Q. Has there has been an increase in hind limb lameness since the round pen has become more popular? I feel like I ruined my dream horse with round pen work starting when he was about six months old. He is nine now and mostly unridable due to a degenerative condition in his hips. I had written this off as bad luck until my friend's mare began to exhibit the same problem. The only things these two horses have in common are strenuous round pen sessions and similar hind limb malfunction.

The malfunction is such that when the rear leg is brought forward for a stride, it feels as if the horse stumbles, hits a rock, or stubs his toe. From the ground, it looks as if the whole leg collapses when weight comes onto it. This is most likely to happen at a downward transition. My horse has been examined by seven vets, including the head orthopedic surgeon at the North Carolina State veterinary hospital. They did many manual exams and suggested bone scans (which I couldn't afford) and found inflammation and soreness in the hip. They offered no opinion for treatment success because they weren't sure if the injury was primarily a bone or soft tissue problem without a bone scan.

I know the experiences of two horses aren't hard evidence, but I'm wondering how many other people are dealing with hind limb lameness in horses started in round pens. 


A. One of the difficulties in answering the question is not all trainers use the round pen in the same manner and for the same reason. Many trainers only use the round pen for young horses, while others use this type of exercise for mature animals. Also, round pen construction and footing is quite variable.

Unfortunately, I know of little information other than personal experience to confirm the round pen as a primary source of injury. However, I believe most veterinarians would agree that the round pen can be a major source of injury to horses trained frequently in this manner.

My understanding of the gaits used to train a horse in the round pen is mainly the trot and an occasional slow canter. James Rooney, DVM, Dipl. ACVP, of Queenstown, Md., believes that trotting (particularly racing Standardbreds) stresses the sacroiliac joint, leading to an arthrosis (joint disease) of this area. However, this is not the same as the hip or coxofemoral joint that you report as a problem. I don't know how to consider the tight circling and the effects this might have on stresses seen at the trot. The tight circling is what I feel creates an uneven loading of the distal (lower) limb, which in a horse with a pre-existing foot imbalance or a conformational flaw (toed-in or toed-out) creates a higher compression of the inside aspect of the digit (especially the joints that make up the digit, including the coffin, pastern, and up into the fetlock) and increases the tensile (pulling open) stress of the outside of the digit.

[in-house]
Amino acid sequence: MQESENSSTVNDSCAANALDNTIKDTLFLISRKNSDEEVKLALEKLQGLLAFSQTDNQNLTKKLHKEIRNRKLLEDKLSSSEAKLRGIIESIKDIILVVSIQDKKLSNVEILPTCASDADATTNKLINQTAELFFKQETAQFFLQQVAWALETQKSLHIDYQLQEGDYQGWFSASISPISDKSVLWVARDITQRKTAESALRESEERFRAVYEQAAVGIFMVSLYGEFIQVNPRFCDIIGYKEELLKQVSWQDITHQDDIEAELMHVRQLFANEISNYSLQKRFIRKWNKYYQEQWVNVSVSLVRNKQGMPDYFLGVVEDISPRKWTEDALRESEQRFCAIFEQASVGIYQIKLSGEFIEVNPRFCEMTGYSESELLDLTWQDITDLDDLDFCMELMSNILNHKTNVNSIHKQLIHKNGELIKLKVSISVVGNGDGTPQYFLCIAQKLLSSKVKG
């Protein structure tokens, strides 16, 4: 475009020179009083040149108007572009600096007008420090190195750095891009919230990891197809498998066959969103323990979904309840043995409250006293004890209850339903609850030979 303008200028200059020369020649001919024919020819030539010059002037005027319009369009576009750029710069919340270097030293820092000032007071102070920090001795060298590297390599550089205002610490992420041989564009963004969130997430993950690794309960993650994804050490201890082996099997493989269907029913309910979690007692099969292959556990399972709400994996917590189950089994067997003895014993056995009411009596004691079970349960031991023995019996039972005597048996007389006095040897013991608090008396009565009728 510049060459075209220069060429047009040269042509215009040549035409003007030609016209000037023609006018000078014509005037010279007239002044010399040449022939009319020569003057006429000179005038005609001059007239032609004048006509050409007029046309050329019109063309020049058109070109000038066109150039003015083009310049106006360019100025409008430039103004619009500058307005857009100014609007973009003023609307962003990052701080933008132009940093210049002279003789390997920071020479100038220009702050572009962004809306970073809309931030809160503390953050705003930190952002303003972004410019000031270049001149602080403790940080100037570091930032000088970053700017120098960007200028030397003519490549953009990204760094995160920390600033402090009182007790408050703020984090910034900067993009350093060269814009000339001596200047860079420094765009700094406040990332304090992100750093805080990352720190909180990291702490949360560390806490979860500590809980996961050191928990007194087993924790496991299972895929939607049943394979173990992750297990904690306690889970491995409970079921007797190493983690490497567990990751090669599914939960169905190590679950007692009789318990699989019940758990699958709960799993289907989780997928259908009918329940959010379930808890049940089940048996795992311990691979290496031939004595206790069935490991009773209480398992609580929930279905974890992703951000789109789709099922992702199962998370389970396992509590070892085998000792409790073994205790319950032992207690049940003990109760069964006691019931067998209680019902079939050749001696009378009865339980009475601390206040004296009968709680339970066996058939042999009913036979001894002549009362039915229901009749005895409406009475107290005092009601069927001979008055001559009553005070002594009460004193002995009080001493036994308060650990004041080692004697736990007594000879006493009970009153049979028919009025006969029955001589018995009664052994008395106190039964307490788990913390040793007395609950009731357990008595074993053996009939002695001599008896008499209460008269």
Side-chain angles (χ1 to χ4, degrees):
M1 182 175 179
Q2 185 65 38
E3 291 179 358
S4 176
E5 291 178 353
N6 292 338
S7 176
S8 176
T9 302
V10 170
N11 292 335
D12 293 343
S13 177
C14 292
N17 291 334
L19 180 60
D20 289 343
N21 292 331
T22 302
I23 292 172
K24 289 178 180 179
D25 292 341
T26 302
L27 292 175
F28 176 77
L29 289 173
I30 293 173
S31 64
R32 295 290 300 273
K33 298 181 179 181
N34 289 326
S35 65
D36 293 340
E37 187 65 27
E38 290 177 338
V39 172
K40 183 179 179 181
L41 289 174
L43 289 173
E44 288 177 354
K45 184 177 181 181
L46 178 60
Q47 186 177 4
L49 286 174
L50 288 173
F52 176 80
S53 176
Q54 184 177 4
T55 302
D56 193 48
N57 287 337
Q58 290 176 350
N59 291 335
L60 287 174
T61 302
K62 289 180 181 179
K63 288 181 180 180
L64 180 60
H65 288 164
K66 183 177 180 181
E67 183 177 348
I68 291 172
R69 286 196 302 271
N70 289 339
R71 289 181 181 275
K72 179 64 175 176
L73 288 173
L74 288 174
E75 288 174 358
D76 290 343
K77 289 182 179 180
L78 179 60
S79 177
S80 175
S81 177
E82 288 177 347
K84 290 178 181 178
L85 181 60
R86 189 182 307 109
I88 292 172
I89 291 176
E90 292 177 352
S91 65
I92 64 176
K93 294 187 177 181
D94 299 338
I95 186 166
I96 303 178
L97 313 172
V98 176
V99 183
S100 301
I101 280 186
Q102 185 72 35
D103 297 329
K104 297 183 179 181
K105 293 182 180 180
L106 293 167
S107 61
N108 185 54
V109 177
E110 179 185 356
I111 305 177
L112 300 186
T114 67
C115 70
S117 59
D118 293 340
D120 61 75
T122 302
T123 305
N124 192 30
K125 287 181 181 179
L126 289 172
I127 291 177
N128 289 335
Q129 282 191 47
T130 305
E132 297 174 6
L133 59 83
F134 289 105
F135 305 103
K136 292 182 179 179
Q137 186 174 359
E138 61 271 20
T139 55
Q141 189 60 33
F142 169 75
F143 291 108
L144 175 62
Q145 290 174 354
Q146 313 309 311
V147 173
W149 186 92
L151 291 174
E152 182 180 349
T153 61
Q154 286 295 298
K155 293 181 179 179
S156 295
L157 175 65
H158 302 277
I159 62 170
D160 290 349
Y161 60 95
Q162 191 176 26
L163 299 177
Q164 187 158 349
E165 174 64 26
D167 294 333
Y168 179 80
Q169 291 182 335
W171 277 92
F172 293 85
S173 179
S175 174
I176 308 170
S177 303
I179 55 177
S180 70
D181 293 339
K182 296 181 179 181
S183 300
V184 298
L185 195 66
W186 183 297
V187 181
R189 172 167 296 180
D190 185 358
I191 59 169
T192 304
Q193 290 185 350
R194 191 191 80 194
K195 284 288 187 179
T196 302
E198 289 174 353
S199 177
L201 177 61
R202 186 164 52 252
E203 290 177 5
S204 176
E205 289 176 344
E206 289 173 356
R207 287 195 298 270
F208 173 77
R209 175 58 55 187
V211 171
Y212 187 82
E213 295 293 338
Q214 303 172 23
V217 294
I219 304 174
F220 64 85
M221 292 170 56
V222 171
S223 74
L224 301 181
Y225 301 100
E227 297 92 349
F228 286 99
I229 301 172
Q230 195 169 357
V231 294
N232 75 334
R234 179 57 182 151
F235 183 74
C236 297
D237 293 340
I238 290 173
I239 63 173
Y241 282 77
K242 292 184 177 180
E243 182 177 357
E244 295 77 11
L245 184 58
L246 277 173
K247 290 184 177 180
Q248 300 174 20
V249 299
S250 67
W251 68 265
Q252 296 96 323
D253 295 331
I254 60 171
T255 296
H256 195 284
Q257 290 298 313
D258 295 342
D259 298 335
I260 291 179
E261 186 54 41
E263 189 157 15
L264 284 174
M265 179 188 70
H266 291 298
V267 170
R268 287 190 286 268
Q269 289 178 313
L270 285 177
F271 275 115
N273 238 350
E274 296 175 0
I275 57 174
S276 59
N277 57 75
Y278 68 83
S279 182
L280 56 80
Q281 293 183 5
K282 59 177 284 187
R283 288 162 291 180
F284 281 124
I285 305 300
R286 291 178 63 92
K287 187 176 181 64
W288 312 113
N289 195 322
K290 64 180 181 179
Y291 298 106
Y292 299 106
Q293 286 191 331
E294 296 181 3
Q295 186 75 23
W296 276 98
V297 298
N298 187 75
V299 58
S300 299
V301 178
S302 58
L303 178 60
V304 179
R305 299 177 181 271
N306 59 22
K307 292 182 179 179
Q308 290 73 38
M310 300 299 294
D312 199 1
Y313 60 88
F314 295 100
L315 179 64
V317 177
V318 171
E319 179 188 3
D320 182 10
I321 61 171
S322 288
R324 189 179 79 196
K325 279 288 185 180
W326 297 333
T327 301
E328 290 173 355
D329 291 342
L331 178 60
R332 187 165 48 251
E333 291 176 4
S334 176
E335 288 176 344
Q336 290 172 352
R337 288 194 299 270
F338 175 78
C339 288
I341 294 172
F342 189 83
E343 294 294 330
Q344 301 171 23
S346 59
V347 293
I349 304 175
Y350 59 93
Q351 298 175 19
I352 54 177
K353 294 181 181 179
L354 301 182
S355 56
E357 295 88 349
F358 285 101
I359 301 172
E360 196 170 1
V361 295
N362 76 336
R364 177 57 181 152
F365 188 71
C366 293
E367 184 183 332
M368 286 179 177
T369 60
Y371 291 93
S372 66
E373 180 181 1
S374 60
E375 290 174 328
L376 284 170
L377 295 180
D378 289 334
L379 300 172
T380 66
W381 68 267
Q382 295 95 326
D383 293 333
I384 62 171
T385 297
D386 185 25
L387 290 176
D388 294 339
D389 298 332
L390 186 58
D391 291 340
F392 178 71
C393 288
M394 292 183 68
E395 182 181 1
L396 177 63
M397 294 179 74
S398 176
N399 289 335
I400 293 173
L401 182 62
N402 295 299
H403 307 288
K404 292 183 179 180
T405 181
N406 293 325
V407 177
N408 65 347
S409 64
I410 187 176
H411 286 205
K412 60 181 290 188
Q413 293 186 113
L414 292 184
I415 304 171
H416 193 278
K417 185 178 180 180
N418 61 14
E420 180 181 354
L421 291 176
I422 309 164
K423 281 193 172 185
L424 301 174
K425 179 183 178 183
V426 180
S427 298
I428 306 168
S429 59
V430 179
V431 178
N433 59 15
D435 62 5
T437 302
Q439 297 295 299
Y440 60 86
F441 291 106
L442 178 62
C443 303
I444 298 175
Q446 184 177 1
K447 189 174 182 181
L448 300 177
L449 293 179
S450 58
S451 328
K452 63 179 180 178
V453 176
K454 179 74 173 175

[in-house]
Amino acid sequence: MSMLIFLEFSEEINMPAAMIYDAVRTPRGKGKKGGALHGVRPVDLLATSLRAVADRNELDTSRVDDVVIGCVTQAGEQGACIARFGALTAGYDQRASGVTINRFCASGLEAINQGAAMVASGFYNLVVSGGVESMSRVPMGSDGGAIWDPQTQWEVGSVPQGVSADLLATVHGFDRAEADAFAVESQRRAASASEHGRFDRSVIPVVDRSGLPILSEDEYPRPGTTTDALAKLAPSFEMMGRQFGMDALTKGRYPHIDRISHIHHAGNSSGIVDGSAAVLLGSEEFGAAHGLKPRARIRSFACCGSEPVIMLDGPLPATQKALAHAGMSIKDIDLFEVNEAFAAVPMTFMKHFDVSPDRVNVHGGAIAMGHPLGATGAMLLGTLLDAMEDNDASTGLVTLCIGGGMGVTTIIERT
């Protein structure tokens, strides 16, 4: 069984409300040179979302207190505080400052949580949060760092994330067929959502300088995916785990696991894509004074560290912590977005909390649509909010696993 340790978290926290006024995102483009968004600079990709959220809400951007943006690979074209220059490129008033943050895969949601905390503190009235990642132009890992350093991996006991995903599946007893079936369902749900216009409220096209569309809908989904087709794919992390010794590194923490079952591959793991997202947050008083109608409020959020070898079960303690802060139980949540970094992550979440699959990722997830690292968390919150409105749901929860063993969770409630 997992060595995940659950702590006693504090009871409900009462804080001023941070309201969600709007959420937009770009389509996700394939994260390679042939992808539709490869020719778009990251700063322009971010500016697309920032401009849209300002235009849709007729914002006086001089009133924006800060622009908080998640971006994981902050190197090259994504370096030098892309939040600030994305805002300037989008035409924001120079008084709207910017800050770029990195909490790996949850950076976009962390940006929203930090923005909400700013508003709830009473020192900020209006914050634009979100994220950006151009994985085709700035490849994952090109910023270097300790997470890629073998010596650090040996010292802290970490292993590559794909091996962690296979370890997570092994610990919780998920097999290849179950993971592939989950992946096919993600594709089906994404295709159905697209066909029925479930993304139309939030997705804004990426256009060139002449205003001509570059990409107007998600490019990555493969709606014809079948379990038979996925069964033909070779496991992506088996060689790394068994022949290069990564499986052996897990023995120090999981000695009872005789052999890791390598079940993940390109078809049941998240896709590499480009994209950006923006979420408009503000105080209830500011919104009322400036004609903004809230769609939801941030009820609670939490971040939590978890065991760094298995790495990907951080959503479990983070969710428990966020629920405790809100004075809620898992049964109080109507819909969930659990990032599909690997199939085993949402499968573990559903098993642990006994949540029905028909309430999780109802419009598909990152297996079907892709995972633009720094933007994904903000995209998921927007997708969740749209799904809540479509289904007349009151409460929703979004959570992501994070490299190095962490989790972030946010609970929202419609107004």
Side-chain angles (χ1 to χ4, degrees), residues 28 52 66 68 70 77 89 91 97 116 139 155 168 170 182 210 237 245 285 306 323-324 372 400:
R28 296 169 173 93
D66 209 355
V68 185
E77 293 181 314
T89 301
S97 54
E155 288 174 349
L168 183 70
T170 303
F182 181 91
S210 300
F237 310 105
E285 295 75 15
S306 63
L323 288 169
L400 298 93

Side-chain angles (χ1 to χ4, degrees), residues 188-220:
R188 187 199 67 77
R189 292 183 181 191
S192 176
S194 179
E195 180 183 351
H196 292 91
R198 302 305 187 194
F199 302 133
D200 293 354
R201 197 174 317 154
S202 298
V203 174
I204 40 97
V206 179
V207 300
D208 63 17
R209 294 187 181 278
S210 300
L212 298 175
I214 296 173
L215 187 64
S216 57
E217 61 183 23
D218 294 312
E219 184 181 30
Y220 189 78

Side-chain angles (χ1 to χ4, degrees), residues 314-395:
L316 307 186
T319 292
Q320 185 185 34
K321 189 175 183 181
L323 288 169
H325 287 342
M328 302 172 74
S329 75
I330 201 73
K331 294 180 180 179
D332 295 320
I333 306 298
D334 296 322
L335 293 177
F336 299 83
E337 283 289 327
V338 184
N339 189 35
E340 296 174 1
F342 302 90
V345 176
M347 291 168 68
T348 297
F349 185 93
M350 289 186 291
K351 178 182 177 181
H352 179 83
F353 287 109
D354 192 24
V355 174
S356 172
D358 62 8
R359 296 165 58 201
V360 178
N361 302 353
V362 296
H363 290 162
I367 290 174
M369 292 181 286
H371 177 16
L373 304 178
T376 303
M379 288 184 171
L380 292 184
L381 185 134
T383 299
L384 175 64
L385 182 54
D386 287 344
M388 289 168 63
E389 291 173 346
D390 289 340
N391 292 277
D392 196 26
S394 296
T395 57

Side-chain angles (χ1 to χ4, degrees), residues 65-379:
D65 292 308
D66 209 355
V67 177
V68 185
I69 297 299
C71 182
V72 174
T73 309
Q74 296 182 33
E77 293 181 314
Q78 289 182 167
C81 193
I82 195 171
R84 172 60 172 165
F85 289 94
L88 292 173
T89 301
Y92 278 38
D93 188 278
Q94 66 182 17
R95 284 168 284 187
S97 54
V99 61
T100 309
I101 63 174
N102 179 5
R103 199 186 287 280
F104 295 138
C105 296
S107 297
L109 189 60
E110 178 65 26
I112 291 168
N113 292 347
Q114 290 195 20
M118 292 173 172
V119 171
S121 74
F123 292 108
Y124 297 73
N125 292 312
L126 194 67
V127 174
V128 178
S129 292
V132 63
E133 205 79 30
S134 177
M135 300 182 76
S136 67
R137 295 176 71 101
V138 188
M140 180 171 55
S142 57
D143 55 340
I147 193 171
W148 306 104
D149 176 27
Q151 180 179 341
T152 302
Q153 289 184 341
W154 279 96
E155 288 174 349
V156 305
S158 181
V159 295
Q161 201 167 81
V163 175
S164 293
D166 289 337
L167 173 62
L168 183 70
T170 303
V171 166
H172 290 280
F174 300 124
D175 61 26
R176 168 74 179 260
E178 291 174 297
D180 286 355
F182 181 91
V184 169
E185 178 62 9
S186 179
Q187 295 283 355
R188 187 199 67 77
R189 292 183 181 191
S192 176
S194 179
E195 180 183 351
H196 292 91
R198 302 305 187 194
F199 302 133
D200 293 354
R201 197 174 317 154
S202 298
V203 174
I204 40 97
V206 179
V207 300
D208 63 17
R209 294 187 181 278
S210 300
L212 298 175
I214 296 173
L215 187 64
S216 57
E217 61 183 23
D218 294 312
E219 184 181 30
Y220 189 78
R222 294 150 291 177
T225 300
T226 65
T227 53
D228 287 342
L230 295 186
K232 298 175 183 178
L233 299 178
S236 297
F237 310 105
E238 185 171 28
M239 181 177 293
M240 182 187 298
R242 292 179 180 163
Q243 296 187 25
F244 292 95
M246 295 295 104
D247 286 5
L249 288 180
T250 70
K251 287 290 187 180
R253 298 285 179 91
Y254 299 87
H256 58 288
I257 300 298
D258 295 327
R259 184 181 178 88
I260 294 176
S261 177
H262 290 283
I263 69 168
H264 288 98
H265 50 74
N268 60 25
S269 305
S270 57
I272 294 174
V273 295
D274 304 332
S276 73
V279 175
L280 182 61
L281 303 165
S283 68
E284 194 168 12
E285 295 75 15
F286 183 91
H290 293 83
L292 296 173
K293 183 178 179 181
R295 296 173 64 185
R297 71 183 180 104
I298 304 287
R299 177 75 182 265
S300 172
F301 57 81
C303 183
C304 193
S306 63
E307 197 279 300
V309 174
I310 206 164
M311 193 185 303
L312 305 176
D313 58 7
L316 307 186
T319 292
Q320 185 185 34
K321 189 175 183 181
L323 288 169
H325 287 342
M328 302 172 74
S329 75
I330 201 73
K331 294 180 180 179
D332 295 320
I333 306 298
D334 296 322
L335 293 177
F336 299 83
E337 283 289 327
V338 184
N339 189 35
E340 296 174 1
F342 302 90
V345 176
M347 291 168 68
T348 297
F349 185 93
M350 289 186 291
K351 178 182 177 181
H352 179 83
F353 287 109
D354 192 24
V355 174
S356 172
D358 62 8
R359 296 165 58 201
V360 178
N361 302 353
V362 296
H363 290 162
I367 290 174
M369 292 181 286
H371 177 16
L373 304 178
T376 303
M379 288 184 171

However, I perceive the biggest cause of injury during this type of training to be from traumatic incidents, such as hitting the wall or stepping into uneven surfaces from improper maintenance of the footing. These types of injuries can instantly overload the digit and its complement of joints from a medial to lateral orientation.

Unfortunately, the best way to determine the cause of your horse's problem is a complete work-up, including nerve or joint blocks, radiographs, ultrasound, and bone scan. This is expensive, but gives you the most specific answer possible and hopefully provides the veterinarians involved with enough information to give you a prognosis and treatment strategy for your horse.

About the Author

Rich Redding, DVM, MS, Dipl. ACVS

Rich Redding, DVM, MS, Dipl. ACVS, is a clinical associate professor of surgery at North Carolina State University. He has particular expertise in the use of ultrasound to diagnose injuries of tendons, ligaments, and joints. Redding uses NC State's high field strength MRI to evaluate lameness below the carpus and tarsus; he also compares other imaging modalities to MRI.

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